‘Incestuous’: Soros has taken aim at the relationship between national authorities and banks in the EU. Photo: Michel EulerGeorge Soros, the billionaire investor, believes the banking sector is a “parasite” holding back the economic recovery and an “incestuous” relationship with regulators means little has been done to resolve the issues behind the 2008 crisis.
“The banking sector is acting as a parasite on the real economy,” Mr Soros said in his new book “The Tragedy of the European Union”.
“The profitability of the finance industry has been excessive. For a while 35 per cent of all corporate profits in the United Kingdom and the United States came from the financial sector. That’s absurd.”
Mr Soros outlined how the problems that caused the Eurozone economic crisis remain largely unresolved.
“Very little has been done to correct the excess leverage in the European banking system. The equity in the banks relative to their balance sheets is wafer thin, and that makes them very vulnerable.
“The issue of “too big to fail” has not been solved at all.”
The proposed solution of a European banking union does not address the underlying problems, Mr Soros adds.
“A real danger to the financial system is the incestuous relationship between national authorities and bank managements. France in particular is famous for its inspecteurs de finance, who end up running its major banks. Germany has its Landesbanken and Spain its caixas, which have unhealthy connections with provincial politicians.”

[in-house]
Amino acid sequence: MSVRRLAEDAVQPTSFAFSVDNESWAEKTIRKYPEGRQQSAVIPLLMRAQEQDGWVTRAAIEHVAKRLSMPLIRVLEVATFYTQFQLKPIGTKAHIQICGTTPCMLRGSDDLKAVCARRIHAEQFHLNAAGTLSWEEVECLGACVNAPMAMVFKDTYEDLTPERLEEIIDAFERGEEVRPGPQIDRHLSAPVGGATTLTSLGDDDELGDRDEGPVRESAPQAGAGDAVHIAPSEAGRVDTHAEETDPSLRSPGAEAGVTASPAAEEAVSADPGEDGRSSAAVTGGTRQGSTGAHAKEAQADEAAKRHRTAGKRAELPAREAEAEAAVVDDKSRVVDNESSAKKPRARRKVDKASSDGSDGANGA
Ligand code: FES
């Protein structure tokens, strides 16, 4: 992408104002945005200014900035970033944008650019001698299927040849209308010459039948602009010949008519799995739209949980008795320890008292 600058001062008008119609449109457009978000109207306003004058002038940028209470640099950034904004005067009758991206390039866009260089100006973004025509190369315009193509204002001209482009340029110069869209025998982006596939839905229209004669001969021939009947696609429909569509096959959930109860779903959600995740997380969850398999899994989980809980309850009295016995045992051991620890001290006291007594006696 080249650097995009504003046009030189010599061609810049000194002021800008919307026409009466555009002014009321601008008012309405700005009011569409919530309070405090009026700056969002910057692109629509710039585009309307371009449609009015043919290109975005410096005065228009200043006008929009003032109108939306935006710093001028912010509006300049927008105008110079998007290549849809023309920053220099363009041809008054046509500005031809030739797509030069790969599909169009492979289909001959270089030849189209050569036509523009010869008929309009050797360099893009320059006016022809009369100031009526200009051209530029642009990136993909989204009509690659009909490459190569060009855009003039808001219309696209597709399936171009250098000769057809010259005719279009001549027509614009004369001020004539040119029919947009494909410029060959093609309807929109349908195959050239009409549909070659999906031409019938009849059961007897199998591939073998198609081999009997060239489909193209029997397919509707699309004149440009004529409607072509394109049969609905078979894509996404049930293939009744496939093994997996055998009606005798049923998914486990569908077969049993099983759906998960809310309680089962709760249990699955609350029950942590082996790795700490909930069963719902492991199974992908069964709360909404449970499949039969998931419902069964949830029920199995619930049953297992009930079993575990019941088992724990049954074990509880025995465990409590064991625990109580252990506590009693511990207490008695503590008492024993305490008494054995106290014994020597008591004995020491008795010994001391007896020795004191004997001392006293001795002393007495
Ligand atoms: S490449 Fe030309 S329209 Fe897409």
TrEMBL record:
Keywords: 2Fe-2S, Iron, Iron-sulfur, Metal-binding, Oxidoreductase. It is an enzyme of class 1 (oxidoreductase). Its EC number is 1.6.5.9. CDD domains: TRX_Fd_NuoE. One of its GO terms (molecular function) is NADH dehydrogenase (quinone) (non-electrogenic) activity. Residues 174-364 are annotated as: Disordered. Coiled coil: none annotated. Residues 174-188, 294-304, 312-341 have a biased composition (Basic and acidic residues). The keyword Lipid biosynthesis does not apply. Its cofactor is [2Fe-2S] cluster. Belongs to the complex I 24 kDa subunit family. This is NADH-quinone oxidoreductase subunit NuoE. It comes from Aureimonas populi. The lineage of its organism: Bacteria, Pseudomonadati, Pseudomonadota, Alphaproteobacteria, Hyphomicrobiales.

In his new book Mr Soros outlines, in a series of interviews with Dr. Gregor Peter Schmitz, how he believes the European Union is in danger of becoming a thing of the past unless its flawed structure is reformed.
The German economy at the regions heart could also be its biggest weakness.
“What was successful in Germany before the crisis will not be successful as a prescription for the rest of Europe in the years ahead.
“In German the word Schuld has a double meaning (both “blame” and “debt”). So it is natural (selbstverstandlich) to blame the debtor countries for their own misfortunes,
“Germany’s tone, is sometimes self-righteous and even hypocritical…. In 2003 Germany was among the first countries to break the eurozone rules. “
The prospect of Germany leaving the eurozone is very real and it would have serious implications as the euro would depreciate sharply and deutsche mark would go through the roof, Germany would find out how painful it is to have an overvalued currency.
Mr Soros, who famously “broke the Bank of England” by betting against the pound during the 1992 sterling crash, talks candidly about his most successful trade.
“I have a clean conscience. The big events in which I participated would have occurred sooner or later, whether I speculated on them or not.”